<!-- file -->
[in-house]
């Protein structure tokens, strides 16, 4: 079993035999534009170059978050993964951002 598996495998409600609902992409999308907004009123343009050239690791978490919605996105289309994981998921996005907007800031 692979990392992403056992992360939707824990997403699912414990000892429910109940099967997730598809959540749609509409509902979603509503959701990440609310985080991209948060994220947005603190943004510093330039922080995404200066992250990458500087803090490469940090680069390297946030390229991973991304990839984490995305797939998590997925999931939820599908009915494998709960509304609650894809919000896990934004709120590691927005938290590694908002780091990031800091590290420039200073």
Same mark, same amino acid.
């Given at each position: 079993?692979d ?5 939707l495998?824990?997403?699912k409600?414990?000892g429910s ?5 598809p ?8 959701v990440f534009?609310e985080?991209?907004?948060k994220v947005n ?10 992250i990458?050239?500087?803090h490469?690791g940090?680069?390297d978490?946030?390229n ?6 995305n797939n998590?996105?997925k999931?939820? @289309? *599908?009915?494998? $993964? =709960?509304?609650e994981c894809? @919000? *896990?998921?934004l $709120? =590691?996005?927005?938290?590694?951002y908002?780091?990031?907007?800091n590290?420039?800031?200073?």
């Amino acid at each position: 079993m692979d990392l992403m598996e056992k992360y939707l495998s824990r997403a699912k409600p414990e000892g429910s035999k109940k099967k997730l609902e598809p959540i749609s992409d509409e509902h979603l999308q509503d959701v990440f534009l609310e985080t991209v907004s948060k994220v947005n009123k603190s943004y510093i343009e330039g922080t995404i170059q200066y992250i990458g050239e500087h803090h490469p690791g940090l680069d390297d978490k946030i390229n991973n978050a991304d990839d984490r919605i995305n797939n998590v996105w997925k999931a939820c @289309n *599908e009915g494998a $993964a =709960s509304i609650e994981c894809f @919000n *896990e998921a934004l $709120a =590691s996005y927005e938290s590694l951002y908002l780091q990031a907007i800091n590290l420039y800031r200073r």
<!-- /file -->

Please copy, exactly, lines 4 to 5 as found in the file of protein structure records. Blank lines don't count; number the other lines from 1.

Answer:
């Given at each position: 079993?692979d ?5 939707l495998?824990?997403?699912k409600?414990?000892g429910s ?5 598809p ?8 959701v990440f534009?609310e985080?991209?907004?948060k994220v947005n ?10 992250i990458?050239?500087?803090h490469?690791g940090?680069?390297d978490?946030?390229n ?6 995305n797939n998590?996105?997925k999931?939820? @289309? *599908?009915?494998? $993964? =709960?509304?609650e994981c894809? @919000? *896990?998921?934004l $709120? =590691?996005?927005?938290?590694?951002y908002?780091?990031?907007?800091n590290?420039?800031?200073?």
């Amino acid at each position: 079993m692979d990392l992403m598996e056992k992360y939707l495998s824990r997403a699912k409600p414990e000892g429910s035999k109940k099967k997730l609902e598809p959540i749609s992409d509409e509902h979603l999308q509503d959701v990440f534009l609310e985080t991209v907004s948060k994220v947005n009123k603190s943004y510093i343009e330039g922080t995404i170059q200066y992250i990458g050239e500087h803090h490469p690791g940090l680069d390297d978490k946030i390229n991973n978050a991304d990839d984490r919605i995305n797939n998590v996105w997925k999931a939820c @289309n *599908e009915g494998a $993964a =709960s509304i609650e994981c894809f @919000n *896990e998921a934004l $709120a =590691s996005y927005e938290s590694l951002y908002l780091q990031a907007i800091n590290l420039y800031r200073r």